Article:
My father’s 96th birthday found him in the driveway sifting soil.
Each winter Dad empties the dirt from the flower boxes onto a large mesh screen atop a wheelbarrow. He pushes it back and forth to filter out the leaves, dead roots and other detritus.
Then he refills the window boxes.
He says it saves money because he doesn’t have to buy fresh soil.
He has a similar system for the stones in the driveway. He shovels sand filled with small stones onto the mesh screen. After he has isolated the rocks, he washes them in a bucket of water.
There may be other people who wash the stones in the driveway, but there can’t be many.
It does make a difference however. The driveway looks amazing.
He is always on the lookout to add more stones. A few years ago a house down the street was going to be torn down. He asked if he could have some of the stones in their front yard.
He spent the next week filling up the wheelbarrow and making countless trips down the sidewalk.
Back at the house he sifted and washed.
He has very specific requirements for the size of his rocks. They cannot be too small or too big.
You realize the difference when you walk on them.
The neighbors made that mistake. They wanted to fill their yard quickly and easily so they bought larger stones. My dad shook his head when he saw them being unloaded. He already knew, what they realized later, that if the stones are too large your ankle twists when you walk on them. It’s uncomfortable. Months later, they swapped them out at greater expense.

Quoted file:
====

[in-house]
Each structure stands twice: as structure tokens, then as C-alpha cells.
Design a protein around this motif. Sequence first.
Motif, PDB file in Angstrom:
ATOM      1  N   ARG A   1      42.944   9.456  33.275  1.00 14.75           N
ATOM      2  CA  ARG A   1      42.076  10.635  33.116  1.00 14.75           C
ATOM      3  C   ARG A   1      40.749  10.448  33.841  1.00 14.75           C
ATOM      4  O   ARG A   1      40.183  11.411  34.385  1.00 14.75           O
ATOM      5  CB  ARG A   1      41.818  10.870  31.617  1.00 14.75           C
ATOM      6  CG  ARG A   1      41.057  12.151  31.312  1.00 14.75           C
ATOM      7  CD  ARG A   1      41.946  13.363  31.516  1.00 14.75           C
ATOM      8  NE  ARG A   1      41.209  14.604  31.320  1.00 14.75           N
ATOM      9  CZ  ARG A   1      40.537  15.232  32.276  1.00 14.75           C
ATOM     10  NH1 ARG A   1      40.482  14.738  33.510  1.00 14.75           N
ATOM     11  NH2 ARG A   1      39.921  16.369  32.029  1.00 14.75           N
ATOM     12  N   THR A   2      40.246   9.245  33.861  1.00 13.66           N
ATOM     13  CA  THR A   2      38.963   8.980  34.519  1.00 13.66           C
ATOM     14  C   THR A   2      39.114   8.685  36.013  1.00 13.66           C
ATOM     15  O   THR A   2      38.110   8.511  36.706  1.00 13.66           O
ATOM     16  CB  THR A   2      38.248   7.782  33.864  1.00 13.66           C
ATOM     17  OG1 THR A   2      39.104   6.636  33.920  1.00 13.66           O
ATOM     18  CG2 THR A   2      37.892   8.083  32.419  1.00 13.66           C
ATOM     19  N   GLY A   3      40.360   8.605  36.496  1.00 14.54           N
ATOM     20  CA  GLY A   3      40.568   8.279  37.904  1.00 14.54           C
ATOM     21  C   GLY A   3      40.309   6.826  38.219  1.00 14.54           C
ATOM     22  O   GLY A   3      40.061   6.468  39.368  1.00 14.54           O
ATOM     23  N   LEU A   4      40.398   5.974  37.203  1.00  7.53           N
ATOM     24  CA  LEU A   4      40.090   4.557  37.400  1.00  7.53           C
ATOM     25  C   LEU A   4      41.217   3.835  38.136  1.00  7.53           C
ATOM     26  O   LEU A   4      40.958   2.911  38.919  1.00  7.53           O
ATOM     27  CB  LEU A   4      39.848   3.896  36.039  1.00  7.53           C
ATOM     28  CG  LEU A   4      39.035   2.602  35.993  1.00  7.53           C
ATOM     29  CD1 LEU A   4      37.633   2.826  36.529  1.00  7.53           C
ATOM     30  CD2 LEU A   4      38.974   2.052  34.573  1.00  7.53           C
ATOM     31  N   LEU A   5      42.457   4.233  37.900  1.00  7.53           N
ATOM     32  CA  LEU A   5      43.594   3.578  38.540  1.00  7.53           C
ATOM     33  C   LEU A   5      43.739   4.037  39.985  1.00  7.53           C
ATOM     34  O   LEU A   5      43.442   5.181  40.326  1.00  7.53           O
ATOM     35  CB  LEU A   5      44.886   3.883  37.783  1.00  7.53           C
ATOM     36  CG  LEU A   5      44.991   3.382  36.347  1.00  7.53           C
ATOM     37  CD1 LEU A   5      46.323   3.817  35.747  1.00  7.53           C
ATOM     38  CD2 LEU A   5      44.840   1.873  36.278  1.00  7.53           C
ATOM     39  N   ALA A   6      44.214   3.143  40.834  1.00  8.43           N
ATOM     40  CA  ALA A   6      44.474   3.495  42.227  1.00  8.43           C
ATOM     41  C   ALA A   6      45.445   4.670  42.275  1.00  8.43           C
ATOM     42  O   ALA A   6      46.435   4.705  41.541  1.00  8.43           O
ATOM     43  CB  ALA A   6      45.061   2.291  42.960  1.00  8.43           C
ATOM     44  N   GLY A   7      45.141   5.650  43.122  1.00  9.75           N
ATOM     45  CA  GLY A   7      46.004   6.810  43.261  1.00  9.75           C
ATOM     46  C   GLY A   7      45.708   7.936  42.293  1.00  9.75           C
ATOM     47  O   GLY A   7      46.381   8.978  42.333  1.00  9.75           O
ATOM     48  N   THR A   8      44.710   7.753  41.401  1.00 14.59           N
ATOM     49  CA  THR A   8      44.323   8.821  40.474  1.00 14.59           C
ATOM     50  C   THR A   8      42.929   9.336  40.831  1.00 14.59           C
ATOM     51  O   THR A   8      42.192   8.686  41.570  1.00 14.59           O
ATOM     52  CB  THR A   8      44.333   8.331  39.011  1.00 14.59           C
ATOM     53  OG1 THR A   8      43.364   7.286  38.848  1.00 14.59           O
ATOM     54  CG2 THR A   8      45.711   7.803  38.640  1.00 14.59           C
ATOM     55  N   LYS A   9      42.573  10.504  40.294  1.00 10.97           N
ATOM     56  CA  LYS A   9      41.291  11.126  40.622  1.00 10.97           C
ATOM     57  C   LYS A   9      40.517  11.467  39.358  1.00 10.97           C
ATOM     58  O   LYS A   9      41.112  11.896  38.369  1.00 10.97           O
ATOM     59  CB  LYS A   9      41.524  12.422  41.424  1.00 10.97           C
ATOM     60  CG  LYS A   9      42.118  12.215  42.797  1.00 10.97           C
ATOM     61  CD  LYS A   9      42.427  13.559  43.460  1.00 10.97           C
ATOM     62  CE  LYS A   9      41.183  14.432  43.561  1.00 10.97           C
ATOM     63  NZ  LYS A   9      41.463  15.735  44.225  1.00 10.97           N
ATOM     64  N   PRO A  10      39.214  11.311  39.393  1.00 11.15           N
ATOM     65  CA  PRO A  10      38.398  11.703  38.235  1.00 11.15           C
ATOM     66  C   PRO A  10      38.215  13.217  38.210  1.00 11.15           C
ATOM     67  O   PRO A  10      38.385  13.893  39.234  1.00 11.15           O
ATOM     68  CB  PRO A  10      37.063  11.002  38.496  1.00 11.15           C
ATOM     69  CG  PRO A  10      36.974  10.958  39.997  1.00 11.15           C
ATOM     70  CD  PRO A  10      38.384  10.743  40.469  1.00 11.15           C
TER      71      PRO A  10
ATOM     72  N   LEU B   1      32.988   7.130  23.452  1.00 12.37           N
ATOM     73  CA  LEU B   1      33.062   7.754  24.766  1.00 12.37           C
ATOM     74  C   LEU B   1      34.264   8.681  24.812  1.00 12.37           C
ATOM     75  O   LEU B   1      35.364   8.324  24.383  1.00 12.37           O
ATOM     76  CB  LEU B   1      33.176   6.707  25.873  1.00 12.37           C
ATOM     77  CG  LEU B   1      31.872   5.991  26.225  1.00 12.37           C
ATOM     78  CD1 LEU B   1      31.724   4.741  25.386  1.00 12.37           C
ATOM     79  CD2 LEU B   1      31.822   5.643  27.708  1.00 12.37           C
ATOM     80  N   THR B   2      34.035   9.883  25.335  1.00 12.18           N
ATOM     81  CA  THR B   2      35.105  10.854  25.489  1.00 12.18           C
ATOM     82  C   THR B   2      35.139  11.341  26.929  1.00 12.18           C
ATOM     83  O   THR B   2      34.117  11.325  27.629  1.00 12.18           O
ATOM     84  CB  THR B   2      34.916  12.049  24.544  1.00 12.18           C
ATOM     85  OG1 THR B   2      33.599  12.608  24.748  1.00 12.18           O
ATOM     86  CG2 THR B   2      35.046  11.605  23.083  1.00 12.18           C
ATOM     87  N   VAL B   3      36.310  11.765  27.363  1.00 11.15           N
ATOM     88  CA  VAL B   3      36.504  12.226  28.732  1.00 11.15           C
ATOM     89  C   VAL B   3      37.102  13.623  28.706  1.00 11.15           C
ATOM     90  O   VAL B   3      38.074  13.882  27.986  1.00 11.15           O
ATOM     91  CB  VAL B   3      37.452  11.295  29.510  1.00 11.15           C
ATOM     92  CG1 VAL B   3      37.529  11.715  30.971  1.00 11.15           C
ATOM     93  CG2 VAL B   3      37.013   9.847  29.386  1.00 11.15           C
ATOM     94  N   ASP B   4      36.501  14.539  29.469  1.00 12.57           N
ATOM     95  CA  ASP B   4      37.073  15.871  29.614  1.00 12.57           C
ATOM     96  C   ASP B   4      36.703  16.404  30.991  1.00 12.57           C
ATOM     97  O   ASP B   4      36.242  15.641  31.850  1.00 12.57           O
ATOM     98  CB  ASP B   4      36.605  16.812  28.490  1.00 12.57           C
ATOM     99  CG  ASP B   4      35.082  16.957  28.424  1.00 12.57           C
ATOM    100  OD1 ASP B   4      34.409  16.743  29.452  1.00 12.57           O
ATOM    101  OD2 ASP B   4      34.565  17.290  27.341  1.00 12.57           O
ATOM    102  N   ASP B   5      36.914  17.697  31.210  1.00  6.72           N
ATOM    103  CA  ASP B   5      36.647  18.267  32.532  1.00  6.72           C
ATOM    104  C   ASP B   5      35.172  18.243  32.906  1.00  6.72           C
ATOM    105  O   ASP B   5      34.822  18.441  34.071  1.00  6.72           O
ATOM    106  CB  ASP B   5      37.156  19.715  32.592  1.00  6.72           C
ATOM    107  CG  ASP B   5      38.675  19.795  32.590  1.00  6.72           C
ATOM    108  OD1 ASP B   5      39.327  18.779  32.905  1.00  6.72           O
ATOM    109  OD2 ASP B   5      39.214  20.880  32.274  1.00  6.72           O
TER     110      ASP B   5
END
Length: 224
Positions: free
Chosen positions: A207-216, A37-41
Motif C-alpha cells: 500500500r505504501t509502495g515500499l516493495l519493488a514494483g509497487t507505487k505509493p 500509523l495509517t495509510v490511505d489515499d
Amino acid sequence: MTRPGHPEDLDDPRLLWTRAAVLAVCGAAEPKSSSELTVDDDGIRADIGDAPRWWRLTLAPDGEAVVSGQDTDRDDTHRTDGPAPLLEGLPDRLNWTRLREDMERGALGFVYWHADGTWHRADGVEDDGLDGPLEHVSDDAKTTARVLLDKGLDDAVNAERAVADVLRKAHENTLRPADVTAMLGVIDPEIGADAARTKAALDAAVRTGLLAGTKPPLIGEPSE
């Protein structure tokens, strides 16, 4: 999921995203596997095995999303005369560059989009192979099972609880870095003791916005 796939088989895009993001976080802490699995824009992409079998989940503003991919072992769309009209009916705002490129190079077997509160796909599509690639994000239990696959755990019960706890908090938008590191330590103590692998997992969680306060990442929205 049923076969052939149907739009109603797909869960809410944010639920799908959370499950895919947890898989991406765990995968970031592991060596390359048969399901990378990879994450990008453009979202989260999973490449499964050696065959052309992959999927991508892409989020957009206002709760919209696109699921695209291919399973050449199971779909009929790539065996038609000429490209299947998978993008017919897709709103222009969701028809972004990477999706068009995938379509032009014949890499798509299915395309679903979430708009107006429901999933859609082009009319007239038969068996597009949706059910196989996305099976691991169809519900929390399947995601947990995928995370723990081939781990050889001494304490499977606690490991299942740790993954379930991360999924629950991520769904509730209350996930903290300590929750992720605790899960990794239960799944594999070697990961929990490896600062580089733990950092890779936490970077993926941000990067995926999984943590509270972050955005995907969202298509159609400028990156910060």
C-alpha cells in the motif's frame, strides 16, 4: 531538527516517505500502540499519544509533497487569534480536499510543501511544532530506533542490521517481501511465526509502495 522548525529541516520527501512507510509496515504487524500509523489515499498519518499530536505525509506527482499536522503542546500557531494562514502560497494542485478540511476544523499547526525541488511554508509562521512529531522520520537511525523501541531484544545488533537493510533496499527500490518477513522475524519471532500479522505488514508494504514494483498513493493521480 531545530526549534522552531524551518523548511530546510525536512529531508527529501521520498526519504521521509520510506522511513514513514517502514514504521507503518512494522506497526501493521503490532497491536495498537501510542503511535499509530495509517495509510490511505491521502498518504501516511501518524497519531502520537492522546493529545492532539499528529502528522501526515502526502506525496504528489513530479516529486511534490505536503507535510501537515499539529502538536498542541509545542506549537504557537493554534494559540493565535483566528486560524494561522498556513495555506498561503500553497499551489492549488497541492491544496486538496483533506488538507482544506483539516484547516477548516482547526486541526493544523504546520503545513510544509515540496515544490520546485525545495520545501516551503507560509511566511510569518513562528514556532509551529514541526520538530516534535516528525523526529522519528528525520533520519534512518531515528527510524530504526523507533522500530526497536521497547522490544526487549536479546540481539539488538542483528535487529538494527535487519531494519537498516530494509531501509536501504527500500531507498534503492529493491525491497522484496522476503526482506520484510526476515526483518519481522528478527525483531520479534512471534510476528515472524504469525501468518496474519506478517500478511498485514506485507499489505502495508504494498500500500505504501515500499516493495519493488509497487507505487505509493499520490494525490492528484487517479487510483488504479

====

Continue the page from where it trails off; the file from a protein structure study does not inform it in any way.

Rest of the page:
Washing driveway stones and sifting soil for the windowboxes is probably not how most people imagine retirement.
People who would never imagine doing that are the same people who ask how my dad stays so healthy and happy.
A big reason is that he stays active. Every day he has projects. He’s out working in the yard or in the garage or under the house.
Recent projects have included planting the Chrysanthemums (most people throw them out), labeling the tools in the garage and building a rack to hold the ladder in the crawlspace under the house.
He refuses any offer to help that would render him sedentary.
You can do things with my father, but not for him.
That is one secret to longevity. As you get older, people will offer to help. They mean well. But if possible turn them down.
(Part of a series life lessons based on conversations with my parents.)